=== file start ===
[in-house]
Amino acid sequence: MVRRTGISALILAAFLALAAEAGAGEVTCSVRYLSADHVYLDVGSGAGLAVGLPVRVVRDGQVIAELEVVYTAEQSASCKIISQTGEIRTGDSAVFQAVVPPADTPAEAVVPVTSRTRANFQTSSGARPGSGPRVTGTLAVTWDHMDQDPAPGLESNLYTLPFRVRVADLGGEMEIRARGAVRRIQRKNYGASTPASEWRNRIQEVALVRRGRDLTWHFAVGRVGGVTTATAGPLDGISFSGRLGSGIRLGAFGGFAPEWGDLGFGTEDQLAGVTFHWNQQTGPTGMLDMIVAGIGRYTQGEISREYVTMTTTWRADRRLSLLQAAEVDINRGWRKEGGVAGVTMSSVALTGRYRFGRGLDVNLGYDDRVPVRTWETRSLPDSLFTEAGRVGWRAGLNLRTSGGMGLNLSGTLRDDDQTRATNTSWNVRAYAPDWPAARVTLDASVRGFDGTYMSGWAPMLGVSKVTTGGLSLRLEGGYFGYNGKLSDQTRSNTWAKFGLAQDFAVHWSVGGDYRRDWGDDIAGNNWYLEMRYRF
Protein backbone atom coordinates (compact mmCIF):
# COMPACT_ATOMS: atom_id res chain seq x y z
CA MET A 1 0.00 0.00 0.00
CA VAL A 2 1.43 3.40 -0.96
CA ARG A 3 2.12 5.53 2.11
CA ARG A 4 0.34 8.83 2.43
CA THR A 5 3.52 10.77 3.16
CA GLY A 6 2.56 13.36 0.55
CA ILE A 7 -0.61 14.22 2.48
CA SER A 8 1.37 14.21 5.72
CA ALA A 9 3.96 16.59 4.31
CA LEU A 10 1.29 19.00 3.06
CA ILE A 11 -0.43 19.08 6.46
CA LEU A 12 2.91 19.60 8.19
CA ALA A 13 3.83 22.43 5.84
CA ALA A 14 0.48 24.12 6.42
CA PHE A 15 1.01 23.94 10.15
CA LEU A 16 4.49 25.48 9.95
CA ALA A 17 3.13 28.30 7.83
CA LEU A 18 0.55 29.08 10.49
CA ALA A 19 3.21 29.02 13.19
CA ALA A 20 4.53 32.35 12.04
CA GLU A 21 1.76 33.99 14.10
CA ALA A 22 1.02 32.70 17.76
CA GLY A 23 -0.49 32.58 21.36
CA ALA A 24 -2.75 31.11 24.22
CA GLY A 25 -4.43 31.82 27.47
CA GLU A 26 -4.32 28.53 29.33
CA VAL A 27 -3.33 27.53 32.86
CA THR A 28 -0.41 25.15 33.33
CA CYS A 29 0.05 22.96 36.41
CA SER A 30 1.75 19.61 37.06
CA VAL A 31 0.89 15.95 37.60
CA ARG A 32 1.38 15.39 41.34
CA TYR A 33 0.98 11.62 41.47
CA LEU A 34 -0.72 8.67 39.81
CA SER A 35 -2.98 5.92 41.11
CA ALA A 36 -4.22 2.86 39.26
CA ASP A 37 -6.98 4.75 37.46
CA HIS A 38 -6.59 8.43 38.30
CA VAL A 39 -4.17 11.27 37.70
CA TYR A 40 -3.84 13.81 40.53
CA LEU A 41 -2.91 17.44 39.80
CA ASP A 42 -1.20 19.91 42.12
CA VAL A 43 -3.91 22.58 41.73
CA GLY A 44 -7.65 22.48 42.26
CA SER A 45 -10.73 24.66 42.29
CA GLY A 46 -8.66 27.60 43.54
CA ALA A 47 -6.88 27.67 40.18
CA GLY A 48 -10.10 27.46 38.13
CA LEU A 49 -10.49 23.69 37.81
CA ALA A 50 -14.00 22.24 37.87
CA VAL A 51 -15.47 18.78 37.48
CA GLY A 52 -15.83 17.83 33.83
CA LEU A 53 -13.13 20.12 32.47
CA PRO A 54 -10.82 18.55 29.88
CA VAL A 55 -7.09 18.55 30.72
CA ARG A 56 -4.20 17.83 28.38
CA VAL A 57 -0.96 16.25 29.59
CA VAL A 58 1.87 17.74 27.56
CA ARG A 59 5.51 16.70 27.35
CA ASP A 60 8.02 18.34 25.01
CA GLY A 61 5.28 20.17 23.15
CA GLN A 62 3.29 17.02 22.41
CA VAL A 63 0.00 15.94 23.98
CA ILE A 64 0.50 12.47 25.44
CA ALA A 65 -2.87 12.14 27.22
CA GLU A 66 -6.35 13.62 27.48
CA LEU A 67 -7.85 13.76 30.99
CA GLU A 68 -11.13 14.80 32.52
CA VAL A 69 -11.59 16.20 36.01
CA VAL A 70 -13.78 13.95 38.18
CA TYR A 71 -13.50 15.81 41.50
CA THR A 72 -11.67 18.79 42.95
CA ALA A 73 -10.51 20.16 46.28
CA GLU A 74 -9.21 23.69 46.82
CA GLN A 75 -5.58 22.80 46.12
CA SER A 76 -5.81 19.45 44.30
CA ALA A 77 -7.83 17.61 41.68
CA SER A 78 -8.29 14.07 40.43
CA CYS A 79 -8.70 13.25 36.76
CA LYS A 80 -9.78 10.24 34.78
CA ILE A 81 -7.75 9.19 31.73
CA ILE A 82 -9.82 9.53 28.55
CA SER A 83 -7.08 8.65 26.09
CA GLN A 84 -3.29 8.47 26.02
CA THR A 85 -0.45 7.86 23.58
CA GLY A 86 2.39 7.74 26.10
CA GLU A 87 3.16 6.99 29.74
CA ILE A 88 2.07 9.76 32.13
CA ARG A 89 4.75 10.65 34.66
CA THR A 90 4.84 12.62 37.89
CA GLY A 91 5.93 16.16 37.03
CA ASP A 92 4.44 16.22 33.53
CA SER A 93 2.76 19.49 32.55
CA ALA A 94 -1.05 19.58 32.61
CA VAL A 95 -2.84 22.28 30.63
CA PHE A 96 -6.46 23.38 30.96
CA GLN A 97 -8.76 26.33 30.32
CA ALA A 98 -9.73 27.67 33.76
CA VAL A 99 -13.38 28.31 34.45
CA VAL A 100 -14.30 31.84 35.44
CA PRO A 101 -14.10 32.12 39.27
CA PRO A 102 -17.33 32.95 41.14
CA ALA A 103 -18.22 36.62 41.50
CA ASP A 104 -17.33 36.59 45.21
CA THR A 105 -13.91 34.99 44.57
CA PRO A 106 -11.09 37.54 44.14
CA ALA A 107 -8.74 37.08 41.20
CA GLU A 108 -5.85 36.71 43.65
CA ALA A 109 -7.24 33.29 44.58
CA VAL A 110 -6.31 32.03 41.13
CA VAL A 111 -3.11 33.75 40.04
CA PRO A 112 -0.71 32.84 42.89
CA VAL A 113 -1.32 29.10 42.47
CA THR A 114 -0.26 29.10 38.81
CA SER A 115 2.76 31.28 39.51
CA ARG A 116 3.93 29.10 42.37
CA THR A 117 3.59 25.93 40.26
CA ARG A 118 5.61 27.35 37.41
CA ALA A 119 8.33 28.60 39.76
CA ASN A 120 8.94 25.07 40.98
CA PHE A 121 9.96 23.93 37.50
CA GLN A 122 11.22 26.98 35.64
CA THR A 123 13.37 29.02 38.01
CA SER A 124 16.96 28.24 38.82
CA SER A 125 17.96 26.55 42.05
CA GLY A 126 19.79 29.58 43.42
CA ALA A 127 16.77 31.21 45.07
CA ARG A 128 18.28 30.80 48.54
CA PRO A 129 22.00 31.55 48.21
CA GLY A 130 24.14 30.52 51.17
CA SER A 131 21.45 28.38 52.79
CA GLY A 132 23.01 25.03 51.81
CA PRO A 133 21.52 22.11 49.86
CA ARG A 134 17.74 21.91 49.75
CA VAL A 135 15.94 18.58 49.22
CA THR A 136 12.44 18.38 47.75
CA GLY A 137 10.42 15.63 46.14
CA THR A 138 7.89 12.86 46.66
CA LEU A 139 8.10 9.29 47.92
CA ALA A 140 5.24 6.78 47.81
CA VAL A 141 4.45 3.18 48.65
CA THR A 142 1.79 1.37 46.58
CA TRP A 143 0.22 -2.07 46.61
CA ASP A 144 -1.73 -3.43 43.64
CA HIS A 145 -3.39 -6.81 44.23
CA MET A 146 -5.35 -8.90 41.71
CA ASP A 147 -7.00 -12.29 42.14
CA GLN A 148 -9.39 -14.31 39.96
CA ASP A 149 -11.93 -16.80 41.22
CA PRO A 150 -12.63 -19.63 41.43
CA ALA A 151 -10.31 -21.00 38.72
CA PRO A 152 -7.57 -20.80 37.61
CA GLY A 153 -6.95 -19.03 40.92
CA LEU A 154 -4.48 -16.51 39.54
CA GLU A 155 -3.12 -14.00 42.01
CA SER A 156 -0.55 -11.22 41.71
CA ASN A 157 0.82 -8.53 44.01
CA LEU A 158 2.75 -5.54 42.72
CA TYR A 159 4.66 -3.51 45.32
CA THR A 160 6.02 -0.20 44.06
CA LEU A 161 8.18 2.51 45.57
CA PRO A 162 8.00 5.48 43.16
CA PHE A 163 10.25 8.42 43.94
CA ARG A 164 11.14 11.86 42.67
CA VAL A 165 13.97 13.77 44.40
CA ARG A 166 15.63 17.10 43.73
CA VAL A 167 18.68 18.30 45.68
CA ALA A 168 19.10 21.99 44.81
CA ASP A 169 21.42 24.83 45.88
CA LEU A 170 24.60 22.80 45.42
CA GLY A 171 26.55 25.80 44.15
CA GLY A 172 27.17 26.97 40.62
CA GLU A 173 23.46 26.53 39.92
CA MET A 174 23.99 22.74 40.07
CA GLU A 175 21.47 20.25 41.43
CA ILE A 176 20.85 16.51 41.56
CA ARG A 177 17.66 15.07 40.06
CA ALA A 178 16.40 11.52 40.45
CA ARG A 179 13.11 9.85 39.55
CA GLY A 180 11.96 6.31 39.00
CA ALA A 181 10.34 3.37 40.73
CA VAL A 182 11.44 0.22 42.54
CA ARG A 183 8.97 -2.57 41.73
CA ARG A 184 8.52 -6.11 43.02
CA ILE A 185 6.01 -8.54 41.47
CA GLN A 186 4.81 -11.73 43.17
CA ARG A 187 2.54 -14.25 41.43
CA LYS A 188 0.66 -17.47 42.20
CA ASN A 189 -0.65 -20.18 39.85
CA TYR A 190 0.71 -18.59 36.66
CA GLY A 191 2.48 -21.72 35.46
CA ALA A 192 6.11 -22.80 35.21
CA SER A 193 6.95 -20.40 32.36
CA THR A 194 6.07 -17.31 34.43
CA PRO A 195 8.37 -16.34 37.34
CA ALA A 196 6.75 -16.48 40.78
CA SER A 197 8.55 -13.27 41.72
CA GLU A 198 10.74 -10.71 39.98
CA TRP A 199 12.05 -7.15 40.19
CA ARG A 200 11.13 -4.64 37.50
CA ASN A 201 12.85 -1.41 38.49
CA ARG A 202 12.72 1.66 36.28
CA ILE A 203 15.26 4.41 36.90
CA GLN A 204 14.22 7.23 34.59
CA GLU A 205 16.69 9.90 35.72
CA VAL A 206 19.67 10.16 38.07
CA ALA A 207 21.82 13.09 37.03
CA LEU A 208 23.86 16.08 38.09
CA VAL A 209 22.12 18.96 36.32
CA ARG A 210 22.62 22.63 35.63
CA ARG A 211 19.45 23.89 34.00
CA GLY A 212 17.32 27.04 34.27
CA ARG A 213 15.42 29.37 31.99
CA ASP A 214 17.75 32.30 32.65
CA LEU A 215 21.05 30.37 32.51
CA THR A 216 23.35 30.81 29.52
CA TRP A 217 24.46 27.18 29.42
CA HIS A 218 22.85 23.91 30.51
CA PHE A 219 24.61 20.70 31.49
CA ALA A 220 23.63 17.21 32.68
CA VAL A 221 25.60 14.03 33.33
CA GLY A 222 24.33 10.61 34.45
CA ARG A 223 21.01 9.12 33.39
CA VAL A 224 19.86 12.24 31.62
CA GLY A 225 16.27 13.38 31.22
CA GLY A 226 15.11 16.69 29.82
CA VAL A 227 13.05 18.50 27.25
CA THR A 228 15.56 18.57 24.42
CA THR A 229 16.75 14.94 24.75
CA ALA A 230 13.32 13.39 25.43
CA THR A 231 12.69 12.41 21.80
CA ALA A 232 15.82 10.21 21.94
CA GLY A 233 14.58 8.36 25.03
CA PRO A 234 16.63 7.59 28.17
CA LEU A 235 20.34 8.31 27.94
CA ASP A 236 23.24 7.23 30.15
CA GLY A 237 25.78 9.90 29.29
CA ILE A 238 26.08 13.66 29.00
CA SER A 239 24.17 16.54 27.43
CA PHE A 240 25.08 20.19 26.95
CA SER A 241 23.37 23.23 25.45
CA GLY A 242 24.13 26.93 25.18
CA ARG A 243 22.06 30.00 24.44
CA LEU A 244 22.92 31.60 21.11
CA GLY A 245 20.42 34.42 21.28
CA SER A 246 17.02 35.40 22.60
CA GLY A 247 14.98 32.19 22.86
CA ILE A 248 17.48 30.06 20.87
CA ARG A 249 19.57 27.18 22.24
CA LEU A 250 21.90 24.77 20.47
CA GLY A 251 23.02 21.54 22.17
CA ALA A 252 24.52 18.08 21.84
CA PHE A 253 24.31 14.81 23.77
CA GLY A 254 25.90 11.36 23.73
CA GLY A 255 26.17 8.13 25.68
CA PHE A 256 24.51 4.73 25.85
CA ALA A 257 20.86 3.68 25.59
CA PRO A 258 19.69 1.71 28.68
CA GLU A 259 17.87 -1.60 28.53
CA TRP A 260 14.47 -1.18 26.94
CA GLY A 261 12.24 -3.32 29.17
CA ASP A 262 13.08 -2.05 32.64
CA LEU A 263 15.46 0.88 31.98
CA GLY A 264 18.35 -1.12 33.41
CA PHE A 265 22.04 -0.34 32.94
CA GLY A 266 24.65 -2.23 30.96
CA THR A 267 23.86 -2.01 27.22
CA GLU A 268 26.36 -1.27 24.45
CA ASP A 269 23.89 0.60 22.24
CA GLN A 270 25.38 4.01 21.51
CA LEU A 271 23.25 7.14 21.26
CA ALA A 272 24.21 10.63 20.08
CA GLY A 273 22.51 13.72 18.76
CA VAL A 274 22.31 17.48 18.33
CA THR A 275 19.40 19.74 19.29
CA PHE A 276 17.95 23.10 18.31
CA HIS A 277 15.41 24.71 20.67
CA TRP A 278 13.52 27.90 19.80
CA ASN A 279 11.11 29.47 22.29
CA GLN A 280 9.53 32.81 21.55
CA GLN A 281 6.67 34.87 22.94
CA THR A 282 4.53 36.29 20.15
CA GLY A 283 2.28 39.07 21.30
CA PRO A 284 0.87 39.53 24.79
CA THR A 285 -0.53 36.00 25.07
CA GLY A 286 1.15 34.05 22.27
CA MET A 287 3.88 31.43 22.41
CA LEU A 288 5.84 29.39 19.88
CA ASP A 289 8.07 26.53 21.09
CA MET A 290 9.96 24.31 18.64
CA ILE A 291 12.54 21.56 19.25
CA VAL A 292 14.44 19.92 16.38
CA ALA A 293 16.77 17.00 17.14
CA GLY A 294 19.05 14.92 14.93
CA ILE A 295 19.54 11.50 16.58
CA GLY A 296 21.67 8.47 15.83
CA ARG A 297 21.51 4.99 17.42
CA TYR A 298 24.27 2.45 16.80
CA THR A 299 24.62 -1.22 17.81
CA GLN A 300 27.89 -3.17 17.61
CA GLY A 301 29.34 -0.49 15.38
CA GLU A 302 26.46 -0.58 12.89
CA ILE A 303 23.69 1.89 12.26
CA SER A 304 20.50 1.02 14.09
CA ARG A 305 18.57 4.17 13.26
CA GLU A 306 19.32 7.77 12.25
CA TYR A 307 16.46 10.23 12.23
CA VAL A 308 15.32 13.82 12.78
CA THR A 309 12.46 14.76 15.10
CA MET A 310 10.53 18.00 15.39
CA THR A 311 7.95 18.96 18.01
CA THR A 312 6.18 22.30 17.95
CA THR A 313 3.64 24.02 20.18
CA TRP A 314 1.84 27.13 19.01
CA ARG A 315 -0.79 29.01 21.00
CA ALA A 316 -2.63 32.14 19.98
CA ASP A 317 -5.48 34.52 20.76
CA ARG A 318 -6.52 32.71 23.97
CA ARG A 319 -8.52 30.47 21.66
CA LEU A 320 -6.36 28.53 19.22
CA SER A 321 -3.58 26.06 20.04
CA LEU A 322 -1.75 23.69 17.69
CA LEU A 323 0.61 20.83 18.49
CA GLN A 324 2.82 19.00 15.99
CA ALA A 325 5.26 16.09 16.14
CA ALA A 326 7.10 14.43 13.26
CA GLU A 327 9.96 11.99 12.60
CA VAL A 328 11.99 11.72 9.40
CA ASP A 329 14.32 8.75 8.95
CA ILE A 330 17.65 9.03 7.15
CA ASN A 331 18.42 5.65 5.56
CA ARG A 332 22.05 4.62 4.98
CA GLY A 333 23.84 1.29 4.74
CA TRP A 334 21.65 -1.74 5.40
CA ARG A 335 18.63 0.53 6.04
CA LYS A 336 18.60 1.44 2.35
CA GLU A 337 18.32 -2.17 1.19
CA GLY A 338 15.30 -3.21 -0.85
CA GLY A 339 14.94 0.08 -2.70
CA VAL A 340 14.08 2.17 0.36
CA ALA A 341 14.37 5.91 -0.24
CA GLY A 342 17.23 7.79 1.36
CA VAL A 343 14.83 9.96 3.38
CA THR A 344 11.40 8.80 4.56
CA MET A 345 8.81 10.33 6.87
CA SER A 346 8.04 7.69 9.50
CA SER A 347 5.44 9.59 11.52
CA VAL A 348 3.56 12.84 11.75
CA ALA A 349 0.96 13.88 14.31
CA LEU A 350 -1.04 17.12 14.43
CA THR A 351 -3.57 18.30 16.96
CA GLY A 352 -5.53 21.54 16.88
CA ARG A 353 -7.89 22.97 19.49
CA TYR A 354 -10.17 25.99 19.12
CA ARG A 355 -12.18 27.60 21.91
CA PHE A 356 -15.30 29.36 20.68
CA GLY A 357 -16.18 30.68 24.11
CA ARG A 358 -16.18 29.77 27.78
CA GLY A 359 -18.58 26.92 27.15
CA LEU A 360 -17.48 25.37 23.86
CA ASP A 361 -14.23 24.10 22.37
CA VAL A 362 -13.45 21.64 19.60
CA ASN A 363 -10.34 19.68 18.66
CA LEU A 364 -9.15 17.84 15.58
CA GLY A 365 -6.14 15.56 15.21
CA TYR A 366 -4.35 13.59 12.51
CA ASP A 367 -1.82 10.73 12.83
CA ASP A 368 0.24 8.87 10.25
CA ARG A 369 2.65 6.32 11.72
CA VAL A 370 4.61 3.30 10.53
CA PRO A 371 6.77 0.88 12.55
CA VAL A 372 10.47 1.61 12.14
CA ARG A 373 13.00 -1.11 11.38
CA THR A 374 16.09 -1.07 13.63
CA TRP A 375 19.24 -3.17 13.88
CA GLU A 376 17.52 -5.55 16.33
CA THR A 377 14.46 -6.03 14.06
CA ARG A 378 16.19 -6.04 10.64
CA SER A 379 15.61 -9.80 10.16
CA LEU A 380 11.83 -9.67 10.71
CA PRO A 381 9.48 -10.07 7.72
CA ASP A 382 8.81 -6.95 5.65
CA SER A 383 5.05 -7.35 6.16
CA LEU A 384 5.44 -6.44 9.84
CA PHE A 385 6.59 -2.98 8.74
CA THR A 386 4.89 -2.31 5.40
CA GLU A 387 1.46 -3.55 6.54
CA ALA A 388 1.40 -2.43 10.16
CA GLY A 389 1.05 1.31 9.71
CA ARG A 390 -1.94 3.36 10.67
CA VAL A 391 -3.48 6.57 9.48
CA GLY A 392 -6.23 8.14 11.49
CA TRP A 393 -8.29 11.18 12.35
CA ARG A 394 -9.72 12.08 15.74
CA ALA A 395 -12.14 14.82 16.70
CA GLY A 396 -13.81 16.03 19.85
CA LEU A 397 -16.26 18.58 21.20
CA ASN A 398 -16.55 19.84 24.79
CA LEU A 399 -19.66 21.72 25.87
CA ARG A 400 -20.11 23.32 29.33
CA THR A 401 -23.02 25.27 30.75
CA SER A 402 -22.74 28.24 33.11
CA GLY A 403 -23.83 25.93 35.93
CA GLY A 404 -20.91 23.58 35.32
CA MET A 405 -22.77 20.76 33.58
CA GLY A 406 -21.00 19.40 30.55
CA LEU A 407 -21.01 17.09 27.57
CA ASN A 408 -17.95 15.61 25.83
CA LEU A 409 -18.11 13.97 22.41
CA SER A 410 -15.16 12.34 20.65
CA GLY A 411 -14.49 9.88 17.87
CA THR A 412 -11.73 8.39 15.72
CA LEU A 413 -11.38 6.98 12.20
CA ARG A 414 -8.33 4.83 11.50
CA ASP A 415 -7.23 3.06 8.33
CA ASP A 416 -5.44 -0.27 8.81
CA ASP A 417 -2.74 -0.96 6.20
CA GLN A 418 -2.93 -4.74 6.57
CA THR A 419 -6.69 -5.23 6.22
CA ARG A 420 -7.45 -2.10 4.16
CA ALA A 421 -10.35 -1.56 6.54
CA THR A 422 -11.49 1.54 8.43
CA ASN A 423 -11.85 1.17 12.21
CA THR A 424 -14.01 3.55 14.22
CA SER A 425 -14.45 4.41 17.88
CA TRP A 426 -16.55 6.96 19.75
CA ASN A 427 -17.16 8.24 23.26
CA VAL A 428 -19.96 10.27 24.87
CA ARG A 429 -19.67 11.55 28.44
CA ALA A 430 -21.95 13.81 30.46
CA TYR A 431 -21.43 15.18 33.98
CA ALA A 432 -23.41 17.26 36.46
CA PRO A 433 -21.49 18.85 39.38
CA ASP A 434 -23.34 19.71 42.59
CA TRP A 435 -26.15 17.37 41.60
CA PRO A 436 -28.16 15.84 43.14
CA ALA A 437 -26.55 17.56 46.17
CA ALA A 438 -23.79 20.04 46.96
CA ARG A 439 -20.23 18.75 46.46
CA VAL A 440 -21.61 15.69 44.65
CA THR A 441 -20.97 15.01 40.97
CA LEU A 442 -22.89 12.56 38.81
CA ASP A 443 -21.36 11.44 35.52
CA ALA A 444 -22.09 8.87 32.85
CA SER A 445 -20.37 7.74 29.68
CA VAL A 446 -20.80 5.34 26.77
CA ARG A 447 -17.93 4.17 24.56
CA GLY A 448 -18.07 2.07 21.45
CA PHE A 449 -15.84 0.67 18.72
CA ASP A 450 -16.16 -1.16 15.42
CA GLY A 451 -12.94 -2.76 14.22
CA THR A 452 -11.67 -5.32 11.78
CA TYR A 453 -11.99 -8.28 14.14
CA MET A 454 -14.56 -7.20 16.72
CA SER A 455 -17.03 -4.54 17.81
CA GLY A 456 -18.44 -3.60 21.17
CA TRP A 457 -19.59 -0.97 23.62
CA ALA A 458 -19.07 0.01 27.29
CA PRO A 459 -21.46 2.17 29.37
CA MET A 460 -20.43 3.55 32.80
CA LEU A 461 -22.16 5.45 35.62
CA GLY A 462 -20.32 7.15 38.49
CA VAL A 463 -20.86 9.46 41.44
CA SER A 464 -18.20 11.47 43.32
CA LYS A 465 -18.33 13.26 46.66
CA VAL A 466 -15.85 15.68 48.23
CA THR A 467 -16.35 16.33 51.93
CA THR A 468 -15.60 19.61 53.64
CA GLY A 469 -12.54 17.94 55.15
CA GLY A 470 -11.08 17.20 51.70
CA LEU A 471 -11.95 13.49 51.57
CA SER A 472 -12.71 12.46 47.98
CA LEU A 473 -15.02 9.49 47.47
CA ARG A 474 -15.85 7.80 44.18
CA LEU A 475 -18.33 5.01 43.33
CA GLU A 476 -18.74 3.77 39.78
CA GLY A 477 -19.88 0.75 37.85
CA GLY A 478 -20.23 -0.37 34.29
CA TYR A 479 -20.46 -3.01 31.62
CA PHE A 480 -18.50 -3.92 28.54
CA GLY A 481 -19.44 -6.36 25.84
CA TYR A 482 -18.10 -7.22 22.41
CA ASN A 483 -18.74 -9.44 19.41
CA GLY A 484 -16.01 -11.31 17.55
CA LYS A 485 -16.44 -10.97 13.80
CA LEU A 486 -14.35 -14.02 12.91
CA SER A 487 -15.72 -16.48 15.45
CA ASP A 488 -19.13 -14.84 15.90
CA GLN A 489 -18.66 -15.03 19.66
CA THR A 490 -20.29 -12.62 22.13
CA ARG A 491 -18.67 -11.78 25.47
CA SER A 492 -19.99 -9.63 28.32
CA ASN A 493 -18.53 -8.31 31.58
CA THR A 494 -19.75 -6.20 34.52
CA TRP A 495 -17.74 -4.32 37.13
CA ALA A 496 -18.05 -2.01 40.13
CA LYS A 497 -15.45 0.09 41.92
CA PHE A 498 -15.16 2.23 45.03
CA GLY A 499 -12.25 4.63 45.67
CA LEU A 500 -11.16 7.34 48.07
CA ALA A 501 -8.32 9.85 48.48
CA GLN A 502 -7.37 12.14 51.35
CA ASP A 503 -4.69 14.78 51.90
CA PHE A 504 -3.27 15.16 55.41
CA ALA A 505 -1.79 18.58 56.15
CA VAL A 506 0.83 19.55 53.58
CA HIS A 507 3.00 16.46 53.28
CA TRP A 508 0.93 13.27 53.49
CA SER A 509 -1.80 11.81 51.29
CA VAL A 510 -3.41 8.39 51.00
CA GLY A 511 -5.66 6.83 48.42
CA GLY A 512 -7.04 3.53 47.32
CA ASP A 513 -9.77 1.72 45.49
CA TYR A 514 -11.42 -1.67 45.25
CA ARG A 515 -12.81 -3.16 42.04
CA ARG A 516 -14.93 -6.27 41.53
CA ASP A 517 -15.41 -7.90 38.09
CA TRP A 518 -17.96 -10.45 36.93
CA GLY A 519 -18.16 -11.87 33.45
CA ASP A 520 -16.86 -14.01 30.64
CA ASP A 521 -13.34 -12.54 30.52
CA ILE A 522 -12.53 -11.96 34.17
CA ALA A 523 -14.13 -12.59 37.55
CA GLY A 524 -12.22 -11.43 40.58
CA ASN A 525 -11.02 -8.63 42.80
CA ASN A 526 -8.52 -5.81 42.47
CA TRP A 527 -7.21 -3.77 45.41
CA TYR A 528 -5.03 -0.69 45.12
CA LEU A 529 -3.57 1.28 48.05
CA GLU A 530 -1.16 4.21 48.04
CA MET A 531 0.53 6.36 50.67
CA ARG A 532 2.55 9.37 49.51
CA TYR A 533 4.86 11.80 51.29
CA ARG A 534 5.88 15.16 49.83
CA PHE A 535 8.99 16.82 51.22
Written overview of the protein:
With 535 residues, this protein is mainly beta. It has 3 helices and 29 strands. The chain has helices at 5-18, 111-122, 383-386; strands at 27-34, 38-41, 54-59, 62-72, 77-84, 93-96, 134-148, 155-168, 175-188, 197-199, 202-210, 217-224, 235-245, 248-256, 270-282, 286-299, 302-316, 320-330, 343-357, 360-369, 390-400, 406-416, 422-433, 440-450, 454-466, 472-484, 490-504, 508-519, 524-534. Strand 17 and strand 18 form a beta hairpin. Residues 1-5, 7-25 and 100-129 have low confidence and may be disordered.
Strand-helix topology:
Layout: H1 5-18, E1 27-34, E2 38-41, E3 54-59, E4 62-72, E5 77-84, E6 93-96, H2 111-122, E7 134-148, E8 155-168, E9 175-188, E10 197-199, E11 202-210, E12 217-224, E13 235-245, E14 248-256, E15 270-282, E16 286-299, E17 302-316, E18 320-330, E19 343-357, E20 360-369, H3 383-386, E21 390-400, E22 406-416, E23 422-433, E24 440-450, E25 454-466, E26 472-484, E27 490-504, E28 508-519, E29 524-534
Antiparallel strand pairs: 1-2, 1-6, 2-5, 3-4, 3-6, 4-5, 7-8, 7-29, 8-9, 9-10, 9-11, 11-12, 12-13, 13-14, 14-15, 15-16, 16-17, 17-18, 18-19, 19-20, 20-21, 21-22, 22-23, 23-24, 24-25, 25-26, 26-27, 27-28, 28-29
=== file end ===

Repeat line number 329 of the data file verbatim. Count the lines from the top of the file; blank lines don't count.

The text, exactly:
CA ALA A 325 5.26 16.09 16.14